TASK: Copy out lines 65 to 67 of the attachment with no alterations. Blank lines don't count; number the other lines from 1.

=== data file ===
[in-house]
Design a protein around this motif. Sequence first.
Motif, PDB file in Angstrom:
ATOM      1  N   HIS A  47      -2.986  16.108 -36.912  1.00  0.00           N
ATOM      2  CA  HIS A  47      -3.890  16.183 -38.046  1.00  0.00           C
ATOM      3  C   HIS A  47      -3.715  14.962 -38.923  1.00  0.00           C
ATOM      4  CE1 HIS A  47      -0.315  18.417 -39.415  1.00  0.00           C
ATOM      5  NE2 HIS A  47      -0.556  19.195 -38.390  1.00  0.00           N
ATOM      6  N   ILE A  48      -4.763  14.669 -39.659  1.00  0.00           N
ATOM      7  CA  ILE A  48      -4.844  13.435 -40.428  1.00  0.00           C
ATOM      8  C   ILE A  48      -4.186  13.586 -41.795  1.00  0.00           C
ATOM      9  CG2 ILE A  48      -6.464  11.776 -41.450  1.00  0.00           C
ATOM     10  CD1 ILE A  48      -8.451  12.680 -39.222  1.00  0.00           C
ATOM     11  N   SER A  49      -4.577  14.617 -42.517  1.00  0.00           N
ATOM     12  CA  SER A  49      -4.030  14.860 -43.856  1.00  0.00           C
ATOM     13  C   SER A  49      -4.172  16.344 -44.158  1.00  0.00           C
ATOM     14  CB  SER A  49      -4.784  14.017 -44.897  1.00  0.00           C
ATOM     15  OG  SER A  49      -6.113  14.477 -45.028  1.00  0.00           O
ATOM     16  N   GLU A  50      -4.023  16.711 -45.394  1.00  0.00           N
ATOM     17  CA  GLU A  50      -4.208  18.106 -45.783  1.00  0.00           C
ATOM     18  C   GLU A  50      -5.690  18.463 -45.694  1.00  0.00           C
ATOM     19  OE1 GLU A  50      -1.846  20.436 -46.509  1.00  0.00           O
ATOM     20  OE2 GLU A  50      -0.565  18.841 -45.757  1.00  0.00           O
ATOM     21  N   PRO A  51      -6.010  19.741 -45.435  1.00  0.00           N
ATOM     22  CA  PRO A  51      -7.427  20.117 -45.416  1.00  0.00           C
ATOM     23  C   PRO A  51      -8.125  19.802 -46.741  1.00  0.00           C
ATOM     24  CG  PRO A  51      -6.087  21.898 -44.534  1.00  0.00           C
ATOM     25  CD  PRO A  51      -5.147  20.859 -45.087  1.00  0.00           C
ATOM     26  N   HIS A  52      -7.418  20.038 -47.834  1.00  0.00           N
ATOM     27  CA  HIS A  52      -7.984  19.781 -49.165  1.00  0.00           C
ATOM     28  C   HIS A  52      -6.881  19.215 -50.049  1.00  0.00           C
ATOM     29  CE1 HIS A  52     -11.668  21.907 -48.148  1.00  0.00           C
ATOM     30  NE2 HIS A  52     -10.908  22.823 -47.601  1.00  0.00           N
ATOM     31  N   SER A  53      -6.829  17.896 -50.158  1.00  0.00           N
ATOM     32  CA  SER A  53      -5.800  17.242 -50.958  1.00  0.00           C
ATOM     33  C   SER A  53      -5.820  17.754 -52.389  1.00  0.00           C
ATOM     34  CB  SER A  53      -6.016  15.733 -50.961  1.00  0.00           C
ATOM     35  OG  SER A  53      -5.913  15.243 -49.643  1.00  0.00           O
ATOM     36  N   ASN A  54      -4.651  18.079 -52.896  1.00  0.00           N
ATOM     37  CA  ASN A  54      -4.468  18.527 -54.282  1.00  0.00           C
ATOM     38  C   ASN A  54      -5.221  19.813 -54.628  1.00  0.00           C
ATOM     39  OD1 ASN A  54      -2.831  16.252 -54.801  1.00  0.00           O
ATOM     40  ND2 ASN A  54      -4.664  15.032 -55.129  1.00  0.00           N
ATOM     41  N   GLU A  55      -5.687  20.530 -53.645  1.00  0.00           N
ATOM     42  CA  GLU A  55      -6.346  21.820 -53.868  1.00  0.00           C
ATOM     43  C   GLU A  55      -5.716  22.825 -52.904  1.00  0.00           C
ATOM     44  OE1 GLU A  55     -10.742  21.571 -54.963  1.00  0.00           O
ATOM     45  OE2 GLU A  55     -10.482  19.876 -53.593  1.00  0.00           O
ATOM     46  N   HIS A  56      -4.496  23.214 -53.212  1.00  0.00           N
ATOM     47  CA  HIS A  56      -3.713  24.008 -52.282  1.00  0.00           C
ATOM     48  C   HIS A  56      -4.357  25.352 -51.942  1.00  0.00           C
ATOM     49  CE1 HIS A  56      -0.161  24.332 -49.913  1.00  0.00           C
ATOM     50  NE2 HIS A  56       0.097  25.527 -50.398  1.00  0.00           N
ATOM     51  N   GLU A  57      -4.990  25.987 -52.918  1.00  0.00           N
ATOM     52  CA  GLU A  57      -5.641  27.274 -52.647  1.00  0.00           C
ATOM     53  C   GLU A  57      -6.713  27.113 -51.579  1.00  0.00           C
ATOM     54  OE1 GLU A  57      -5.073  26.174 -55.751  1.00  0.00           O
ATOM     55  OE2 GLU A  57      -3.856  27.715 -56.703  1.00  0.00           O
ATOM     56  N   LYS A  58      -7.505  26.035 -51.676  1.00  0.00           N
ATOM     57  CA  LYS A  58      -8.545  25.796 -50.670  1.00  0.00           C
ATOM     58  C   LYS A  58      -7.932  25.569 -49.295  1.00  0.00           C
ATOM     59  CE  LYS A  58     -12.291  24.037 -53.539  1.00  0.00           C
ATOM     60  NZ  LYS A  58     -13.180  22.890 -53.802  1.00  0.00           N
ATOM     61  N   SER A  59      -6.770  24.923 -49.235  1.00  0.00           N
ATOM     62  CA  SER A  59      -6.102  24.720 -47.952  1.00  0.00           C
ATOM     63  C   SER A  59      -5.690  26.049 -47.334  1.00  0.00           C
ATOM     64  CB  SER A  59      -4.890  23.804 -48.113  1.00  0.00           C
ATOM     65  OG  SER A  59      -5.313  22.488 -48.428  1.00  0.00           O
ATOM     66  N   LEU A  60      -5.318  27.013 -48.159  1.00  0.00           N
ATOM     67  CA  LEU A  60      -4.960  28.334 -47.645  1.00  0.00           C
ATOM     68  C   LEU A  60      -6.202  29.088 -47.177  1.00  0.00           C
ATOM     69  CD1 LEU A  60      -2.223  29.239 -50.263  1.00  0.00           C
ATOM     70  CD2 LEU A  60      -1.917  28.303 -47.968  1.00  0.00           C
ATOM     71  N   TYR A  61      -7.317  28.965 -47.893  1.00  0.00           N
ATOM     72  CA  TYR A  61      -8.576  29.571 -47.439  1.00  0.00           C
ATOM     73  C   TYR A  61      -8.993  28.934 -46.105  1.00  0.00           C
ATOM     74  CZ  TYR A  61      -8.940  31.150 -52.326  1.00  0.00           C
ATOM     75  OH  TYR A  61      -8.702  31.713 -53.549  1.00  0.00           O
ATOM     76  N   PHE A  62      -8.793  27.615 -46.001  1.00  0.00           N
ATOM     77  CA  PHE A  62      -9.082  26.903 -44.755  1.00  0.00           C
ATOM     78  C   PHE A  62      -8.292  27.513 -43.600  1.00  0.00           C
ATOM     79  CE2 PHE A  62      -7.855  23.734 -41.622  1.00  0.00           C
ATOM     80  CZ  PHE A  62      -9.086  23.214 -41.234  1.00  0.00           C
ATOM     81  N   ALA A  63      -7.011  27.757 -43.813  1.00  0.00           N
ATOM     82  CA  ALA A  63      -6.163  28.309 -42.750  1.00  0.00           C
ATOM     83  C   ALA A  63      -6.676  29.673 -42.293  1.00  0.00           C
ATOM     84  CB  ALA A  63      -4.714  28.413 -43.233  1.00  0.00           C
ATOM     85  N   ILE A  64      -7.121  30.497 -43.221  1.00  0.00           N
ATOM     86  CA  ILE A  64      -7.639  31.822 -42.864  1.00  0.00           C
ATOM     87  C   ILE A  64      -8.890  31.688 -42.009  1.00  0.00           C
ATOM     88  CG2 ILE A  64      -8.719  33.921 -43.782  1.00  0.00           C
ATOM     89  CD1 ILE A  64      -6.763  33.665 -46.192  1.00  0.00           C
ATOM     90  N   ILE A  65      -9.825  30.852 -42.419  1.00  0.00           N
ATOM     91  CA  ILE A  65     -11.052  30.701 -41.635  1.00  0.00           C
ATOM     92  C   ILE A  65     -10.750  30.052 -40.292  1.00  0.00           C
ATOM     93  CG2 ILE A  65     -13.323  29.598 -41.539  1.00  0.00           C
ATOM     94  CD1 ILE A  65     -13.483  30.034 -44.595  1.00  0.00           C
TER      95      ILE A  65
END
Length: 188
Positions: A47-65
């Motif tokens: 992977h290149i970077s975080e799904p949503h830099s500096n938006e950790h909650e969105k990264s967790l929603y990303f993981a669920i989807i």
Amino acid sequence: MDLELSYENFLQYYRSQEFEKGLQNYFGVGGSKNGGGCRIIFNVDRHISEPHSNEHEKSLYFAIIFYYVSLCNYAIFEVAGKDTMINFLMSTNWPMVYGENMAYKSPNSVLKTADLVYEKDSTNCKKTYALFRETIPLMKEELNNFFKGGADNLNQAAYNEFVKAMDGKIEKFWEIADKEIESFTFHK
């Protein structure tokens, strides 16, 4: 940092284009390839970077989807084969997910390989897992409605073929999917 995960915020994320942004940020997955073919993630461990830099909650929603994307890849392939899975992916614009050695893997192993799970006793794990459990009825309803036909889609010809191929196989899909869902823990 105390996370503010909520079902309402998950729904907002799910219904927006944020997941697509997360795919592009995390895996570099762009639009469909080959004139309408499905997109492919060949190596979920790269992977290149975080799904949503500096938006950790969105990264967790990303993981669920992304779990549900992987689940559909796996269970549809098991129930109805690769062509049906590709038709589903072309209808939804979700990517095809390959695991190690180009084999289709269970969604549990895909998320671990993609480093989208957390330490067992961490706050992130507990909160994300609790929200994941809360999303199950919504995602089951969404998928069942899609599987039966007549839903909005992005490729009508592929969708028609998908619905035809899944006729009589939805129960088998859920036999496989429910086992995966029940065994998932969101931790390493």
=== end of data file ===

ATOM     62  CA  SER A  59      -6.102  24.720 -47.952  1.00  0.00           C
ATOM     63  C   SER A  59      -5.690  26.049 -47.334  1.00  0.00           C
ATOM     64  CB  SER A  59      -4.890  23.804 -48.113  1.00  0.00           C